Types of criminal records check
There are four types of criminal records checks: basic, standard, enhanced and enhanced with barred lists.
- Basic checks reveal only unspent convictions and cautions, so may not reveal older and/or less serious offences. They can generally be applied for in relation to any role and indeed historically many organisations required basic checks for all roles, but data protection considerations mean that such blanket policies are now rarely advisable. However, organisations could consider basic checks where the role is not eligible for a higher level check but involves sensitive matters, e.g. direct access to charity funds.
- Standard checks reveal spent and unspent convictions, cautions, reprimands and warnings. They are only available for specific roles set out in the relevant legislation, broadly involving positions of trust or authority, such as lawyers, accountants, vets and those working in the justice system.
- Enhanced checks reveal the same information as standard checks, plus additional information deemed 'relevant' by police authorities. They are only available for specific roles set out in the relevant legislation, including certain types of work with children or vulnerable adults. In charities, where employees/volunteers are working with vulnerable groups and eligible for enhanced checks, the trustees are also eligible. The Charity Commission recommends that where trustees are eligible, these checks are carried out.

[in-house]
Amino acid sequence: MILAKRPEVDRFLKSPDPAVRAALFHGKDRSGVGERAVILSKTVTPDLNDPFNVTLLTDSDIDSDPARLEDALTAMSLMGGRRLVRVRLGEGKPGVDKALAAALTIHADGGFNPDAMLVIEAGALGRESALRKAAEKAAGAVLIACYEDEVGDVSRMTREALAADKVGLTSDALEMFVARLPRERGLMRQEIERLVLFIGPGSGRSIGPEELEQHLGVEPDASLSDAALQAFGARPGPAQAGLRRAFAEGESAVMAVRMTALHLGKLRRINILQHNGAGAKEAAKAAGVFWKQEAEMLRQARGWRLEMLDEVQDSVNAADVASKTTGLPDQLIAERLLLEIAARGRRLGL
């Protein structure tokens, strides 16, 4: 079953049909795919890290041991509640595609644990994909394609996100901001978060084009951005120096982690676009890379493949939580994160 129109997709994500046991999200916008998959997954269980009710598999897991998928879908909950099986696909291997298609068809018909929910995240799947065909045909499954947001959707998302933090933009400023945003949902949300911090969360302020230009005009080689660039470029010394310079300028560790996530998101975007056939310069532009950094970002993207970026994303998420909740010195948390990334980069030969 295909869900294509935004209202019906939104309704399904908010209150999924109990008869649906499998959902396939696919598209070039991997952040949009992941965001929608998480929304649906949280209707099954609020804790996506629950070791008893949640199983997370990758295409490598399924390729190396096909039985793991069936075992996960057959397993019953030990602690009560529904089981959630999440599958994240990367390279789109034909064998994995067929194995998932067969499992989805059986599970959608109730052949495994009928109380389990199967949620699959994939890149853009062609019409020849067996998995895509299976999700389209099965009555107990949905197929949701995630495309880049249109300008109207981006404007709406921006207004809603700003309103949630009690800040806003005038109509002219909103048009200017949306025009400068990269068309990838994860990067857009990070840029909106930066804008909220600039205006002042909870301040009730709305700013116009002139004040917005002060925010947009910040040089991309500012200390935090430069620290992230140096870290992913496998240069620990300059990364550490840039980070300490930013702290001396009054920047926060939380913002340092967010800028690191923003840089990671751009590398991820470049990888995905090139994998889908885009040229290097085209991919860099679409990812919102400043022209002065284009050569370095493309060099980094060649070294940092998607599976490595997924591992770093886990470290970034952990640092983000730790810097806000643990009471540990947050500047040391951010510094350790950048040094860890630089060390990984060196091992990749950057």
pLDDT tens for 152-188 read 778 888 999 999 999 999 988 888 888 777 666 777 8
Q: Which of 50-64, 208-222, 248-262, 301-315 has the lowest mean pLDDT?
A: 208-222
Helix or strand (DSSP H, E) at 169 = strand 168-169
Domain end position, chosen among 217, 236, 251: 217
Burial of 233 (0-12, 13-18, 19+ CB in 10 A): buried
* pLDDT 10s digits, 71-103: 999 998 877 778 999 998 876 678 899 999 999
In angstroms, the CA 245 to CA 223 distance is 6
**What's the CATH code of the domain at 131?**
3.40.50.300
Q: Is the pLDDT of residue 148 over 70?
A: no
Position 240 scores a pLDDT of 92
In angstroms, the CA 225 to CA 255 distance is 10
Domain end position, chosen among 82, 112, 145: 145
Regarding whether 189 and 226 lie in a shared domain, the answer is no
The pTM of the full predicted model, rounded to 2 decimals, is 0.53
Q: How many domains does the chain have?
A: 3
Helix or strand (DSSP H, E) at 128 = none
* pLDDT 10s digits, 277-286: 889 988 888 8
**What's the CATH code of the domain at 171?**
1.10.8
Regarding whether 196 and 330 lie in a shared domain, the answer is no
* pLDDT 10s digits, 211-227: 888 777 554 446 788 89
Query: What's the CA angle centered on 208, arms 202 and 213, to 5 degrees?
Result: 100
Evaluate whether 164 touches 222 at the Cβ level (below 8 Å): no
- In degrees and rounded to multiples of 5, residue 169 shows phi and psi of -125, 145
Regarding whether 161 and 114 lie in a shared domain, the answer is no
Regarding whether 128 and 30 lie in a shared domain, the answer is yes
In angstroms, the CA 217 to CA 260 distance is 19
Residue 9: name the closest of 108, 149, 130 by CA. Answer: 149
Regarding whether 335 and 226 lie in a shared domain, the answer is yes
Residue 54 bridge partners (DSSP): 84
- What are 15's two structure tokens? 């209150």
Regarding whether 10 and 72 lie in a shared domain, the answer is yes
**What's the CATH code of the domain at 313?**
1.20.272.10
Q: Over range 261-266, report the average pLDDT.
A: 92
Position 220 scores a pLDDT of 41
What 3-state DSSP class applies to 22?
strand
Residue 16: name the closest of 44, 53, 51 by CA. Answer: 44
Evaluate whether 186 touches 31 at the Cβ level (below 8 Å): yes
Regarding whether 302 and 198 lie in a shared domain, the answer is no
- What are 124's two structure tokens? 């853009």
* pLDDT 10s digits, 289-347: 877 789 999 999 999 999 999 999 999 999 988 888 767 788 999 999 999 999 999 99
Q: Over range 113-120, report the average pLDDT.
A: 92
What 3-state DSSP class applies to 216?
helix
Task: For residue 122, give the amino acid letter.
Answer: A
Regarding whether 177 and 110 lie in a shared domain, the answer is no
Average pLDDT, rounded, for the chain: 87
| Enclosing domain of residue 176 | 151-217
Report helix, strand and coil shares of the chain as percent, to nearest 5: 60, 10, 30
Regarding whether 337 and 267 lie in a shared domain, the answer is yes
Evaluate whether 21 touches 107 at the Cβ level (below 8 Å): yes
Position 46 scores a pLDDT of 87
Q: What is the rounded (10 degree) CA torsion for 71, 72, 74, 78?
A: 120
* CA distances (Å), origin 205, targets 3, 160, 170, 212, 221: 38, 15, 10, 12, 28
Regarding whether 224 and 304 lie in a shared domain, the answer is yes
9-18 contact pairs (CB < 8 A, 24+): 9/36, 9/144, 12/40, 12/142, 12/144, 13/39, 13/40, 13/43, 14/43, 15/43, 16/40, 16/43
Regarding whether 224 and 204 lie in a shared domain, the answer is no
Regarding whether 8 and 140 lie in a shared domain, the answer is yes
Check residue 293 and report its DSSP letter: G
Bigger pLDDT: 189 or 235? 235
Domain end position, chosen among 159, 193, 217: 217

- Enhanced with barred list checks reveal the same information as enhanced checks, plus whether an individual has been barred from working with children or vulnerable adults. They are only available for specific roles set out in the relevant legislation, including specific types of work with children or vulnerable adults.
It is unlawful for someone to apply for a higher level check if they know the role in question is not eligible, so you should be satisfied the role qualifies before seeking such a check.
Conversely, simply because a role is eligible for a check, does not generally mean there is a legal requirement to carry one out, although there may be good reasons for doing so. A key exception is where a role involves certain types of 'regulated activity' with children or vulnerable adults, in which case an enhanced with barred lists check is required, because it is a criminal offence to knowingly allow a barred individual to carry out prohibited activities. If you are unsure, we recommend seeking legal advice.